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29 January 2018

Does my nonprofit need an editorial calendar?

The short answer is yes.

Your nonprofit needs an editorial calendar.

But to understand why you need an editorial calendar you first need to understand what it is and its purpose.

What is an editorial calendar?

An editorial calendar is used by anyone who creates content to control publication of content across different media – for example, blog, email newsletters, social media outlets, mailings, and more. You can also call it a content calendar.

How can it help me?

If you are in any way involved in planning or creating content for your nonprofit – writing, video, audio, photos, or social media posts – an editorial calendar will make your job easier.

An editorial calendar will help you reach your goals faster.

An editorial calendar will save you time.

And, an editorial calendar will help you plan ahead and thus publish consistently, which is one of the keys to successful content marketing.

Yes, an editorial calendar really can do all of that.

(photo credit Flickr user Peter Alfred Hess/Creative Commons)

This doesn’t have to be you!

An editorial calendar is similar to strategic planning (but easier). If you figure out where you want to go, how you’re going to get there, what you’re going to do to get there, you’re much more likely to get there, and get there faster.

How do I create an editorial calendar?

The good news is, there are a lot of templates available for free.

But before you start weeding through the different types of content calendars, let’s talk about what goes in your editorial calendar. Here are some ideas: -:

  •      Website content, including blog posts
  •      Social media
  •      Email
  •      News releases
  •      Direct outreach (Do you need materials for meetings with funders? Decision makers? Events?)
  •      Donation appeal letters
  •      Newsletter
  •      Annual report
  •      Videos
  •      Other (Is there any other content your organization creates? Photo montages? Infographics? Reports? Audio/podcasts?)

Step 1: Choose the content buckets you use from the above list (but also feel free to add to the above list as needed for your organization).

Step 2: Get a pen and paper. Or make a quick draft spreadsheet. Or use a Word document and table with all 12 months laid out, and a spot for miscellaneous items you’re not sure where to put yet. But in some way, start visualizing the year and writing things down.

  •      Are there big events you do every year?
  •      Do you always write an end-of-year appeal letter?
  •      How often do your newsletters come out?
  •      How often do you blog?
  •      How often do you send emails to supporters and followers?
  •      What is your social media posting frequency?

Start to map out the general lay of the land. This exercise won’t result in a final product, but it will start to help you wrap your mind around what kind of spreadsheet or calendar might serve your needs best.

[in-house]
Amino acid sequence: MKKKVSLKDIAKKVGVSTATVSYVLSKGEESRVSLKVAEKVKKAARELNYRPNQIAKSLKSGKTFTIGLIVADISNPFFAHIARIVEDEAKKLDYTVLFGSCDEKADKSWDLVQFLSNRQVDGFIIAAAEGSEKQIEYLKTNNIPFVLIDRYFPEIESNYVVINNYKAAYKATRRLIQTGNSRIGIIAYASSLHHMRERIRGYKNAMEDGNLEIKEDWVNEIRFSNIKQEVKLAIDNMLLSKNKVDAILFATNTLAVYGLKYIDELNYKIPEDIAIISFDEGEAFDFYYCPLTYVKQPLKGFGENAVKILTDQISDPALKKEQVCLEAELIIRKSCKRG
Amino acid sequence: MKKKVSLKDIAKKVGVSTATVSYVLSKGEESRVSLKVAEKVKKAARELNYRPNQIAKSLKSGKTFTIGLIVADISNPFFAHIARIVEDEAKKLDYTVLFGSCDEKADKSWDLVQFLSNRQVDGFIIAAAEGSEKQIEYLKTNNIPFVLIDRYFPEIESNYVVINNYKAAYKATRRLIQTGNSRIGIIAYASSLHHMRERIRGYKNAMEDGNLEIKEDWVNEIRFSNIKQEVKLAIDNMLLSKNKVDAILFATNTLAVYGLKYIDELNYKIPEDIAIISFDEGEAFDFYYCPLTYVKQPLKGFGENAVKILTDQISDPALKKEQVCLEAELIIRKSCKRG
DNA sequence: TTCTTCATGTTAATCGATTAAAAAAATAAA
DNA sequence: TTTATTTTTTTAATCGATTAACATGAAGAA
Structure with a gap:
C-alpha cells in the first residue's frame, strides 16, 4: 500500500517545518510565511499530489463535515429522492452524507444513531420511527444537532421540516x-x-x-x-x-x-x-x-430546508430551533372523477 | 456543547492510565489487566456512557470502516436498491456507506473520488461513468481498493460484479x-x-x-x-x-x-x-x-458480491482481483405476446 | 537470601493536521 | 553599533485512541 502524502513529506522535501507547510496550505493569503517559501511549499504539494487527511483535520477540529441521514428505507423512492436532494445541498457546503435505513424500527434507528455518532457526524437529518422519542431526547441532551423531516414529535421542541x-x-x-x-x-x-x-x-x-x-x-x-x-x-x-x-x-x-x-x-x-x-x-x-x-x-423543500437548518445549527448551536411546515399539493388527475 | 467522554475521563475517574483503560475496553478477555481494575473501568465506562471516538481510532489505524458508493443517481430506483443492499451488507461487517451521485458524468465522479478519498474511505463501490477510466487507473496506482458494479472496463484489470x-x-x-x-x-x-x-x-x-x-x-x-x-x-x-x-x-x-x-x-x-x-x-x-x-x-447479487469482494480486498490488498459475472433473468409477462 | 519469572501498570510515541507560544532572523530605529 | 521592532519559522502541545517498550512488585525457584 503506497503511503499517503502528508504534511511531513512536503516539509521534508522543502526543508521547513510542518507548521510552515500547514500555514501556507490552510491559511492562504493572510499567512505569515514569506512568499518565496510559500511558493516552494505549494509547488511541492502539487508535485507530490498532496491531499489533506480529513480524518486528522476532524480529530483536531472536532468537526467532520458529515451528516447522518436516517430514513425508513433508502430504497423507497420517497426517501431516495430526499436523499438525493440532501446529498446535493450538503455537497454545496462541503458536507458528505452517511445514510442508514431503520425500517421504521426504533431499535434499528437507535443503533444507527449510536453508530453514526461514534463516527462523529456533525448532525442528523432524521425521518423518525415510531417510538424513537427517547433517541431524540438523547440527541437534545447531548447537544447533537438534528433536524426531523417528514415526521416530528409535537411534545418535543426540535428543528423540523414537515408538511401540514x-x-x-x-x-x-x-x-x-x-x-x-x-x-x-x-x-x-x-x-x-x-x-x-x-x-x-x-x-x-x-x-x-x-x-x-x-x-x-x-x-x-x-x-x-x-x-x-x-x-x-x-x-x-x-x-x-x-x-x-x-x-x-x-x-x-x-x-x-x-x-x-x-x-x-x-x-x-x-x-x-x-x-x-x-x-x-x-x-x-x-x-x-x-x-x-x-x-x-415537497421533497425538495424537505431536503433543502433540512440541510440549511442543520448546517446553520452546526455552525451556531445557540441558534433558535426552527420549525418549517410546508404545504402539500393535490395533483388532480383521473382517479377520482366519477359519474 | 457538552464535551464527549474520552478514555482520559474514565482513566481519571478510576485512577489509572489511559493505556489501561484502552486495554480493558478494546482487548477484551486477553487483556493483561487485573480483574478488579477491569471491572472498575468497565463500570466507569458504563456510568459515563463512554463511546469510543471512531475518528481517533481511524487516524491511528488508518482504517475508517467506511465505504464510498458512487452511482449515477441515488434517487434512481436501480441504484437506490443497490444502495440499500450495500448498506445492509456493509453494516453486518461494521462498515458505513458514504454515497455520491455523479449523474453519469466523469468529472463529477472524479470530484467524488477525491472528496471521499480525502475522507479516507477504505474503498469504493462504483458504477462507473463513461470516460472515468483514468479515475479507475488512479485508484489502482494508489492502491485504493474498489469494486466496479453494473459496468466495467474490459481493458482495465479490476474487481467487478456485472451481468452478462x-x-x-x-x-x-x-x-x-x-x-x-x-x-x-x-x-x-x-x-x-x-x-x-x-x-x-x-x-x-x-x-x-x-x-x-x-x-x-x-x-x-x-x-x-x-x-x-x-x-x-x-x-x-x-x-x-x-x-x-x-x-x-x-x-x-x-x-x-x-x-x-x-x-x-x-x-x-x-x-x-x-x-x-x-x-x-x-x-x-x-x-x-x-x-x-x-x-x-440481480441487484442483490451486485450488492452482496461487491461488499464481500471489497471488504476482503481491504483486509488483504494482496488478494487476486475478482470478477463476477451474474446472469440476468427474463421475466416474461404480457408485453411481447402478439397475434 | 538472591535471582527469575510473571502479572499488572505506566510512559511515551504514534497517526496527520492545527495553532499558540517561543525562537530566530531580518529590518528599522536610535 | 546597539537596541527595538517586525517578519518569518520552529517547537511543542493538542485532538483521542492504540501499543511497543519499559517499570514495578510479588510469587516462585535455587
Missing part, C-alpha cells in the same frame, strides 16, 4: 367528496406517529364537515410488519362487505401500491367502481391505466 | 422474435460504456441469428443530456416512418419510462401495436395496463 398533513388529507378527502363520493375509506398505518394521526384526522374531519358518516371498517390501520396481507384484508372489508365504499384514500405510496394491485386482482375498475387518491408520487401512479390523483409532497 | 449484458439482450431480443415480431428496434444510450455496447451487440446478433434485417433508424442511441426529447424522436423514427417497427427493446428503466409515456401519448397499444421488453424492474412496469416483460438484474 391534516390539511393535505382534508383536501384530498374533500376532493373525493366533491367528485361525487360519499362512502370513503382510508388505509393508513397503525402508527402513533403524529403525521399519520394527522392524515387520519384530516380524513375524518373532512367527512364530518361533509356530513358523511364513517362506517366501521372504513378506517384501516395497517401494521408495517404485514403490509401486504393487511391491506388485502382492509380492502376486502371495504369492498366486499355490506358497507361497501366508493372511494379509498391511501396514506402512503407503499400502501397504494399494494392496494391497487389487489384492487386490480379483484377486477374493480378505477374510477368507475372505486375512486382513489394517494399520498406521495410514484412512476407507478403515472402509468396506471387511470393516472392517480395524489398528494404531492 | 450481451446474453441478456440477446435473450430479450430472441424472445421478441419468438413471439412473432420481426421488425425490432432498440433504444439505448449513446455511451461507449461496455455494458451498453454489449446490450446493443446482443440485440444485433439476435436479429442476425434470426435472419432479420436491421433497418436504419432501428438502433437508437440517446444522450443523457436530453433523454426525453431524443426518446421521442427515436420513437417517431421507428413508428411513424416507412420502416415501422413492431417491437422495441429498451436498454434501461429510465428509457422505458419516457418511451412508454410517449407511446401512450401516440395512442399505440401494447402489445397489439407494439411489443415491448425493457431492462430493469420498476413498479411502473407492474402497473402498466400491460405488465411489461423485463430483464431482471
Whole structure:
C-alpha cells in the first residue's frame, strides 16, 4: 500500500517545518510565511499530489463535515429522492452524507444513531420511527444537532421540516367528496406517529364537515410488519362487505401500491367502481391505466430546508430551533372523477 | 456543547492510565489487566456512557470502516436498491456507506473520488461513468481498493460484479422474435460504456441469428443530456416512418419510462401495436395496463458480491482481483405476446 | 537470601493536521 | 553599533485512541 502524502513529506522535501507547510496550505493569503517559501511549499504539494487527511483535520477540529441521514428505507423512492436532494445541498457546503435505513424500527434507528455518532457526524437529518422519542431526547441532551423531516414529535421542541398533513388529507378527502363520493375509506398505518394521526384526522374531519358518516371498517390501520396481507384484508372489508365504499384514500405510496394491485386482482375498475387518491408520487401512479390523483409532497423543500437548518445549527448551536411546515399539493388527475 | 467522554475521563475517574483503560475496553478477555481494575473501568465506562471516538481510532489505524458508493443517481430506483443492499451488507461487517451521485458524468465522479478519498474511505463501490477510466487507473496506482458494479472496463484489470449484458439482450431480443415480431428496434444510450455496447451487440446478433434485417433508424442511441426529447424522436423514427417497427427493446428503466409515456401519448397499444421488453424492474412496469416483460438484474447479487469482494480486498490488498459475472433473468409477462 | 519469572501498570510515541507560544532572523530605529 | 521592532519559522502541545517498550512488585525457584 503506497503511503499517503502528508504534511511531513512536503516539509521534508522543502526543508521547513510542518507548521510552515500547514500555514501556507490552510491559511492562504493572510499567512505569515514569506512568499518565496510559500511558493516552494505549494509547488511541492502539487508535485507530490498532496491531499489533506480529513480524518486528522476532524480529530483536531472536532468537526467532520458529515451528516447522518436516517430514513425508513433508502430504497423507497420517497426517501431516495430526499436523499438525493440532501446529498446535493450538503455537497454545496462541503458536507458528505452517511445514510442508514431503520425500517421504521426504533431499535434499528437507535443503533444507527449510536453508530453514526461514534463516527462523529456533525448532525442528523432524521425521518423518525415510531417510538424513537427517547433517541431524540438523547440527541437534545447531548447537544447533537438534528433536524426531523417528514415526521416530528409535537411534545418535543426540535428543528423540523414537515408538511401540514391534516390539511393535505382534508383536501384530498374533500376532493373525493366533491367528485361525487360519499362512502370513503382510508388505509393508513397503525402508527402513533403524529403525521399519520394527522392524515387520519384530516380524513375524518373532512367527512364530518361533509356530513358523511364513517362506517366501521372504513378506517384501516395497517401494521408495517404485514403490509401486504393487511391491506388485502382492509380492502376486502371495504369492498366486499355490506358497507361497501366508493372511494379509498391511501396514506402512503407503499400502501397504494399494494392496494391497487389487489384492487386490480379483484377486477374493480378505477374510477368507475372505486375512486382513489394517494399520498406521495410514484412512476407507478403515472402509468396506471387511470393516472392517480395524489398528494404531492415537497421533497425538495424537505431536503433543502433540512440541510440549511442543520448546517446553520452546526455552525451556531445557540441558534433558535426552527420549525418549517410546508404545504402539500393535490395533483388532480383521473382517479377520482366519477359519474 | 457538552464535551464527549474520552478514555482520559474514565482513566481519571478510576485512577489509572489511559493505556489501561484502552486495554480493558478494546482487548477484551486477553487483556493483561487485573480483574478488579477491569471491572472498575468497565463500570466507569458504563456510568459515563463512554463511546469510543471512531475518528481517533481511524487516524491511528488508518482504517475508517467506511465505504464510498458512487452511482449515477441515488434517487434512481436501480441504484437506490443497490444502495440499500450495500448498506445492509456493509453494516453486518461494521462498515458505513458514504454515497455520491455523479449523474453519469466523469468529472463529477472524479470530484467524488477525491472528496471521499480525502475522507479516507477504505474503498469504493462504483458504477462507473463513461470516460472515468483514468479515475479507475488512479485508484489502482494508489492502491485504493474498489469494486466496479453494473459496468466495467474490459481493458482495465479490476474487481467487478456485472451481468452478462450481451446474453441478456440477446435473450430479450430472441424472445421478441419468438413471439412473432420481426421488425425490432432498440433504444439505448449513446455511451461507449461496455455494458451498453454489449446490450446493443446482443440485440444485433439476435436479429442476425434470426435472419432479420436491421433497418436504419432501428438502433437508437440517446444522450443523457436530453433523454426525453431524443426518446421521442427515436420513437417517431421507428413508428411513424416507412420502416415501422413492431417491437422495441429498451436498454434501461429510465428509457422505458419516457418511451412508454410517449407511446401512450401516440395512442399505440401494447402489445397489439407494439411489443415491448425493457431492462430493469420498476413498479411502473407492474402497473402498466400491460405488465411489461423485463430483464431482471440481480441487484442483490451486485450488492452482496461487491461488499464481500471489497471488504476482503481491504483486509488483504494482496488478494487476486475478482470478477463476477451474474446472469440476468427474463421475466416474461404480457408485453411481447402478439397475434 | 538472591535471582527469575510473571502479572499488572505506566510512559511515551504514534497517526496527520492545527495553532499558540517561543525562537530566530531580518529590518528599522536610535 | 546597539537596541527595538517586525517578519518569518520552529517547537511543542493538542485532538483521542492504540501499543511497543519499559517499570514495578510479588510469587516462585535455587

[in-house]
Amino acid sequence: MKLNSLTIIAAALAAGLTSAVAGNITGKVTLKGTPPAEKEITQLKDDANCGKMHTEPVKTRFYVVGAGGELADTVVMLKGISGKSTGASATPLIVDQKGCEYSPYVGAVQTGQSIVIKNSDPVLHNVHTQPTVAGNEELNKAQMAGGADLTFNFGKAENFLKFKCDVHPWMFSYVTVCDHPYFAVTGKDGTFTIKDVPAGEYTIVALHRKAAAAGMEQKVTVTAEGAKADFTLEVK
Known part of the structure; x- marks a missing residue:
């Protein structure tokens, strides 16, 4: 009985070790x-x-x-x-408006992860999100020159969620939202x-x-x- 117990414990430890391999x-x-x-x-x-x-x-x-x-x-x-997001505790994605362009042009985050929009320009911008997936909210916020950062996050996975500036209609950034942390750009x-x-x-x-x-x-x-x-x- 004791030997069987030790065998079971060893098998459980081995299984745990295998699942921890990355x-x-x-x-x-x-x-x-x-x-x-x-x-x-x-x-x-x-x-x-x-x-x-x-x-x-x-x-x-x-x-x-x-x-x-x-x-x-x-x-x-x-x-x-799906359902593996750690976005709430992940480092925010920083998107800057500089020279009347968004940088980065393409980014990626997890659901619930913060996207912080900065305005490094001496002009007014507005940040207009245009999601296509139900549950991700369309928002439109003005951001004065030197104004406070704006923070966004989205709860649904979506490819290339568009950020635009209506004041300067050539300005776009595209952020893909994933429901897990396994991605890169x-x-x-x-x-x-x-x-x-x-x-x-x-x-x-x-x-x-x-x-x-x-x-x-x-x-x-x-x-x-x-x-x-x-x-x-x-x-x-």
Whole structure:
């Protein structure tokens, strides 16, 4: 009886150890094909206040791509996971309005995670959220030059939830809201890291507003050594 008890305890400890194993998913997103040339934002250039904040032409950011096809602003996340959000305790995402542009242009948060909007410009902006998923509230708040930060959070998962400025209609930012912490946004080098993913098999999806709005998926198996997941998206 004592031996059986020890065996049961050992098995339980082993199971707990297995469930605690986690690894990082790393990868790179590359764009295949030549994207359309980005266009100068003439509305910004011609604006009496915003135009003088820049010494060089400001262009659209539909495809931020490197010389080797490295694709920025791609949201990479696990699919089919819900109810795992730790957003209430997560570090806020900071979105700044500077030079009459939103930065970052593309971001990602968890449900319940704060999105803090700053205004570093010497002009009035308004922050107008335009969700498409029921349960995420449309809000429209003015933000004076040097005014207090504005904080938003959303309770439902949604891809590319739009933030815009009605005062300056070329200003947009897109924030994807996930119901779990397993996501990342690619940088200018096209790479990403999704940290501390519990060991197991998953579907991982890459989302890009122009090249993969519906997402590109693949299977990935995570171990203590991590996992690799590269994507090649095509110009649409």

The main things you’re looking for is what needs to be created, when is the deadline, and who is the creator.

Step 3: Pick a calendar template and fill it out.

There may be several meetings you’ll want to have during this process with stakeholders. If the people helping you create content – whether they are in your department or not – are part of the process of creating this calendar, there will be more buy-in overall.

Editorial Calendar Tools

There are many ways to go about this, and the best choice for your nonprofit will be the one that fits into your existing culture and the tools your staff already use.

Spreadsheets

Some people just like spreadsheets. I’m one of those people.

One of the best tools in the business is from Lightbox Collaborative. It has a sheet for each month, content ideas in the first column, and media across the top row. Delete what doesn’t serve you, and add what does.

(photo credit: Lightbox Collaborative)

Here is another spreadsheet, this one by Qgiv. It is similar to Lightbox’s, but a tad simpler. And here is one more from Top Nonprofits.

 

Google calendar

Do you already use Google calendar at your nonprofit? Do staff members like it? If so, this is also an excellent way to schedule your editorial activities.

 

Hubspot has an editorial calendar template you can download for free and it includes instructions for Google calendar, Google sheets, and Excel.

 

WordPress plug-in

If you have a website on the WordPress platform, perhaps a WordPress plug-in would suit your nonprofit? There are many options, including: CoSchedule (paid), Editorial Calendar (free), and Drafts Scheduler (free).

 

Workflow and task management software

Do you already use Asana or Trello for workflow and task management? Consider using them for your editorial calendar. They both have a calendar function, so if you are already using them at your nonprofit, it may make sense to schedule your editorial calendar right there.

 

No-tech

If you’re a small shop, and no one is working remotely, perhaps paper and pen is best?

(photo credit Monica Crowe)

(photo credit Monica Crowe)

It works if you work it

In the end, if you don’t use the calendar, it won’t serve you. If you’re not sure what tool to choose, poll your staff and ask them what they would prefer. Getting their buy-in is crucial.

Lastly, don’t forget to figure out how and when your team will meet to discuss upcoming deadlines. Once a week? Once a month? This is crucial to your success.

 

Happy planning!